An alternative involves visual feedback: what you see after you make an eye movement to a sound could guide learning in sound localization. According to this view, the brain might move the eyes to view the estimated location of a sound in order to determine whether the sound location was perceived correctly. For example, if when you look towards where you think you heard the ball hitting the bat, you see a batter dropping his bat and running for first base, you have perceived the sound’s location correctly. If you see a pitcher looking mournful, you have missed. Next time you hear that cracking sound, you will adjust your estimate of sound location in favor of the direction of home plate and away from the pitcher’s mound. Again, such a mechanism could apply both to stimuli that are dynamic and to those that are static or continuously present, the only requirement being the persistence of the visual stimulus long enough to provide feedback following an eye movement initiated by the sound.
In the real world, these two potential mechanisms often overlap: many visual and auditory stimuli occur synchronously and are present long enough that visual feedback after completing an eye movement can be obtained. In an experimental setting, these two mechanisms can be dissociated from each other by adjusting the timing of the visual stimulus with respect to the sound: if the visual stimulus occurs temporally coincident with a brief sound prior to an eye movement, then only temporal synchrony cues are available. In contrast, if the visual stimulus is presented asynchronously with the brief sound, but is timed to be present immediately after the eye movement, then only visual feedback is available.
We tested these theories in humans and rhesus monkeys (Macaca mulatta) using audiovisual training tasks designed to dissociate these two potential mechanisms (figure 1C). Participants were required to make an eye movement from a fixation LED to a sound under different auditory and visual conditions. (Visual-only trials were included for calibration purposes.) In the synchrony-only task, a visual stimulus appeared at the same time as a sound but too briefly to provide feedback after an eye movement to that sound. In the feedback-only task, the visual stimulus appeared during the execution of an eye movement to a sound, but was never on at the same time as the sound. A third task (“synchrony-and-feedback”) involved visual and auditory stimuli presented synchronously and for a sufficient time to provide feedback following the saccade. This task was included for comparison with previous studies of prism adaptation and the ventriloquism aftereffect in which both synchrony and feedback cues were likely to be available , , , , . In all audiovisual training trials, the visual stimuli were mismatched in space by 6 degrees to the left or right of the sounds (figure 1A), with a consistent shift direction for each session.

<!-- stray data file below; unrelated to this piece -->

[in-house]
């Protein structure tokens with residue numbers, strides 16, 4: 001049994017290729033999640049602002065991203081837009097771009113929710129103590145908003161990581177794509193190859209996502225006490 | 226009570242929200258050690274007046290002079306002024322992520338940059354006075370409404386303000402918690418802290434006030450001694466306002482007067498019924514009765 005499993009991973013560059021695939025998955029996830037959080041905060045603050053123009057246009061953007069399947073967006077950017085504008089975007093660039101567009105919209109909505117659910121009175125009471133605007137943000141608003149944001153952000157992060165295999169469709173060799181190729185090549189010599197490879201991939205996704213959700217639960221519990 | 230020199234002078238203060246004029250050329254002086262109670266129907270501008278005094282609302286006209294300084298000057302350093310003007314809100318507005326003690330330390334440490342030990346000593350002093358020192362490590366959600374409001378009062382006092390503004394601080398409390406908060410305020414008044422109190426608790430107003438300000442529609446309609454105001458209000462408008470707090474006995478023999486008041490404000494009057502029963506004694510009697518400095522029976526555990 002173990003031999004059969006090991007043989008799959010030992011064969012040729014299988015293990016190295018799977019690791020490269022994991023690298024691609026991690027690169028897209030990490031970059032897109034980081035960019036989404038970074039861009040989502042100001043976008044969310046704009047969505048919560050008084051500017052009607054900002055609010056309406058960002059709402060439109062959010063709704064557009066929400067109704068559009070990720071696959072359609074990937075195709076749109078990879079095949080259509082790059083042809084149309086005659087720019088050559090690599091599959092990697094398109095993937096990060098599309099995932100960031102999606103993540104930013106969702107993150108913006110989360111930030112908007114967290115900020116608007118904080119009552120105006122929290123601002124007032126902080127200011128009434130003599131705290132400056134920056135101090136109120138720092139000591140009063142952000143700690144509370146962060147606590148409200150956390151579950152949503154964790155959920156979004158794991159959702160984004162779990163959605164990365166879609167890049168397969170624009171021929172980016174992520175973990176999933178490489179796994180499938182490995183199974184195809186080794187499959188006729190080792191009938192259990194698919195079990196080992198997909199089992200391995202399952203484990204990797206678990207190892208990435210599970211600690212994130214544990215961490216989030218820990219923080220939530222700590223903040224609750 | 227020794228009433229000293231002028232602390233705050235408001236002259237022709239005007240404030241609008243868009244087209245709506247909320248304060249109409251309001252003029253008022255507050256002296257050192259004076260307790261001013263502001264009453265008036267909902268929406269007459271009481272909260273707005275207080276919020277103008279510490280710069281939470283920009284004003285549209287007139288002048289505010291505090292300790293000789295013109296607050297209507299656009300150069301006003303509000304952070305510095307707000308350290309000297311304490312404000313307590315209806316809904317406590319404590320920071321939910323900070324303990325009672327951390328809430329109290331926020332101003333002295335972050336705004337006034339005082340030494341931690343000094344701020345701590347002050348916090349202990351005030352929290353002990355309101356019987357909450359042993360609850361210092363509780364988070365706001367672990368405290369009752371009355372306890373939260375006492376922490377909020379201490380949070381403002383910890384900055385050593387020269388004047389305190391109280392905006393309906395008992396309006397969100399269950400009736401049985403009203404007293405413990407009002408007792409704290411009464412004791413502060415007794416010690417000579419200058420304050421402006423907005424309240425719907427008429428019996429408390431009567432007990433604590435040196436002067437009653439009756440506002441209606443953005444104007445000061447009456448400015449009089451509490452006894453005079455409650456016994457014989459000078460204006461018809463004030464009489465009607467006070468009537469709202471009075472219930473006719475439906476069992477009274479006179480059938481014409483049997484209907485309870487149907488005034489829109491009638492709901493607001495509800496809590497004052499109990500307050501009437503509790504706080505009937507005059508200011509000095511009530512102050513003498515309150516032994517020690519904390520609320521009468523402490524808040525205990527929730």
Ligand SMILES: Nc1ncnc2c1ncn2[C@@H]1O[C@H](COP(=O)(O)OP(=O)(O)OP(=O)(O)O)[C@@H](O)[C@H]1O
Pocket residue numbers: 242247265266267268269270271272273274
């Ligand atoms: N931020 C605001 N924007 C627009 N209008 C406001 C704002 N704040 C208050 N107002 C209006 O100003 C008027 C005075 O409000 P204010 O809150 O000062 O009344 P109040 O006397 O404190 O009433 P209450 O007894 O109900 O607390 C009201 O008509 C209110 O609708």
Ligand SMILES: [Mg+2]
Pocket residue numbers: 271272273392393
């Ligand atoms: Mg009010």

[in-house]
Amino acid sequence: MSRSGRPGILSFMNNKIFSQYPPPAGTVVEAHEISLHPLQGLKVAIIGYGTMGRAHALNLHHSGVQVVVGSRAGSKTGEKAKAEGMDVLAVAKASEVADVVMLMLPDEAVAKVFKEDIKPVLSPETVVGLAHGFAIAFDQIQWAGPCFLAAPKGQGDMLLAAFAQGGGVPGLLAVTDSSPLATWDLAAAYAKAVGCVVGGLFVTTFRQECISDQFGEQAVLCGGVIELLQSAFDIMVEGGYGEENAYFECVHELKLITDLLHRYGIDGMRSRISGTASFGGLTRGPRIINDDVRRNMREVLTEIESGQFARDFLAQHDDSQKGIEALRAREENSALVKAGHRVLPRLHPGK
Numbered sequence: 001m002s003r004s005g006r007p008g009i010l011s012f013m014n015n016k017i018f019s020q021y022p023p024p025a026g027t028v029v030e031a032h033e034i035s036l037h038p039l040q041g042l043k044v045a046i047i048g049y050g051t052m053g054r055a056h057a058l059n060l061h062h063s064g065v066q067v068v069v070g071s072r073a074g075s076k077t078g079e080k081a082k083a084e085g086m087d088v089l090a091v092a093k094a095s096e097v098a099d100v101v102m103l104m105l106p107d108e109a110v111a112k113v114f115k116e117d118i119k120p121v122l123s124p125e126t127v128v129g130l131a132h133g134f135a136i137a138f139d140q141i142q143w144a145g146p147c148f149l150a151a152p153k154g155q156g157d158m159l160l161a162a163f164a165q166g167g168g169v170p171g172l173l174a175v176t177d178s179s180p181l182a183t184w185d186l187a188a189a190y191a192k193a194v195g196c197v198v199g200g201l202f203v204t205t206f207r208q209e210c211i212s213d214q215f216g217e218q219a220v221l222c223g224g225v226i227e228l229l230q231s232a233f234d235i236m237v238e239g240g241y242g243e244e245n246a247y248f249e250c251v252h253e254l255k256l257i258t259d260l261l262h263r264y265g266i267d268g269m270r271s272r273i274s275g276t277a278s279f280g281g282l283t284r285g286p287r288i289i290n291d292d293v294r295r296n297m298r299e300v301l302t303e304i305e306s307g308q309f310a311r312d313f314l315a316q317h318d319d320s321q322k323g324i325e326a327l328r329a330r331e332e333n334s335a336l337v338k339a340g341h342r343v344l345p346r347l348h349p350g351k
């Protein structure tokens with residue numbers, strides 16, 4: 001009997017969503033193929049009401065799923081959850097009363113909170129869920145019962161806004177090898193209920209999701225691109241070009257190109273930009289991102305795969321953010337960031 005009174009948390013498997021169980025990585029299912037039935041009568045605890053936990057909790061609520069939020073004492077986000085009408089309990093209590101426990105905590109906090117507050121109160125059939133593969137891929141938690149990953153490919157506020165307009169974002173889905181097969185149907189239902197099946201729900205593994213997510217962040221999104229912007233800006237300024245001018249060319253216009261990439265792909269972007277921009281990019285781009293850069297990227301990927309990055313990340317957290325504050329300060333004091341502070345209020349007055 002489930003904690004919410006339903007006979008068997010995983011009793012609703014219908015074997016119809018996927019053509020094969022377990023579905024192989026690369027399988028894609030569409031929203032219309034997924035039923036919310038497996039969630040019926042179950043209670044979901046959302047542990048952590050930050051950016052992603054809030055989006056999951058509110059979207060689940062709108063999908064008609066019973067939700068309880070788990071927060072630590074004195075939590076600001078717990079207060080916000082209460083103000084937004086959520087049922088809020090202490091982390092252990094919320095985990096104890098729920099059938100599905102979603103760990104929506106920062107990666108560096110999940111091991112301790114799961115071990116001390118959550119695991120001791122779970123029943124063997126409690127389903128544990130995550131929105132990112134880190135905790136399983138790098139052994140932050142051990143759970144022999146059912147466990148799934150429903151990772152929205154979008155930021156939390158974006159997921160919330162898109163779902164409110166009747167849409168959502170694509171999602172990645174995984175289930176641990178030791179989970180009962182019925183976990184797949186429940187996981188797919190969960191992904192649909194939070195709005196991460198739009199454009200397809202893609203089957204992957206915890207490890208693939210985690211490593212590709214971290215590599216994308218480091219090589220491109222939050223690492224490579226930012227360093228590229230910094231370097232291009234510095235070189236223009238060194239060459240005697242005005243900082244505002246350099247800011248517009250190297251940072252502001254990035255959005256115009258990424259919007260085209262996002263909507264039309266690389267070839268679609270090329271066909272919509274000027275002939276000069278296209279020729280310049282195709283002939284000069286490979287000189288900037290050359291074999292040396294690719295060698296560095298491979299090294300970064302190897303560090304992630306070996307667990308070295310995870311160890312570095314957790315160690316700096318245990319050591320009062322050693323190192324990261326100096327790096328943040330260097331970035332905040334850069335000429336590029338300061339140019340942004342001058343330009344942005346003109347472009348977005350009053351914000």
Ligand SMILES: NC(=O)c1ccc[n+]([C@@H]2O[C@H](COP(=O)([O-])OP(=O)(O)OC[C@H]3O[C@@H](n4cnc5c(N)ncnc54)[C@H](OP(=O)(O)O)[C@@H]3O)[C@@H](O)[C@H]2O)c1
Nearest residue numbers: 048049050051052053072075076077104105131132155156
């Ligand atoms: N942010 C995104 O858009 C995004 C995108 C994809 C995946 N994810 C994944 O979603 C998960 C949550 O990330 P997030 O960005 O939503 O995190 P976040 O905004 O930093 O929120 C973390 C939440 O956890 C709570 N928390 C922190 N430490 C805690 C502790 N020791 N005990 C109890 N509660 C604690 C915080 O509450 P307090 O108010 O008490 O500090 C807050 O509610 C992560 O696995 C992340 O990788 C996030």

(A) All trials began with fixation of a visual fixation target located 12 degrees below a row of speakers and LEDs spanning −24 to 24 degrees along the horizontal meridian. Spatially mismatched visual-auditory trials involved the presentation of a sound at one speaker combined with the illumination of an LED attached to the adjacent speaker. (B) Each experimental session involved an initial baseline assessment of performance on auditory and visual trials followed by an adaptation phase in which training trials with mismatched audiovisual stimuli were interleaved in proportions as illustrated. Performance on auditory probe trials after introduction of these mismatched audiovisual training trials was compared to baseline performance. (C) Three types of audiovisual training and auditory probe trials were assessed in different sessions. On synchrony-only audiovisual training trials, the visual and auditory stimuli were coincident in time but both were turned off during the subject’s saccade to the target, preventing visual feedback. On feedback-only audiovisual training trials, the sound came on first, but it was turned off and a visual stimulus was turned on during the saccade to the sound, eliminating synchrony between the visual and auditory stimulus. On feedback-and-synchrony audiovisual trials, the auditory and the visual stimulus were turned on together, and were left on following completion of the saccade, thus allowing a synchronous visual stimulus to also provide visual feedback. Interleaved auditory-only probe trials differed from the corresponding audiovisual training trials in lacking a visual stimulus but were otherwise identical.
We assessed the effects of these audiovisual training trials on the endpoints of eye movements on interleaved auditory probe trials which were identical to the audiovisual trials except that only the sounds were presented. We compared performance on probe trials before and after the introduction of the audiovisual training trials (figure 1B).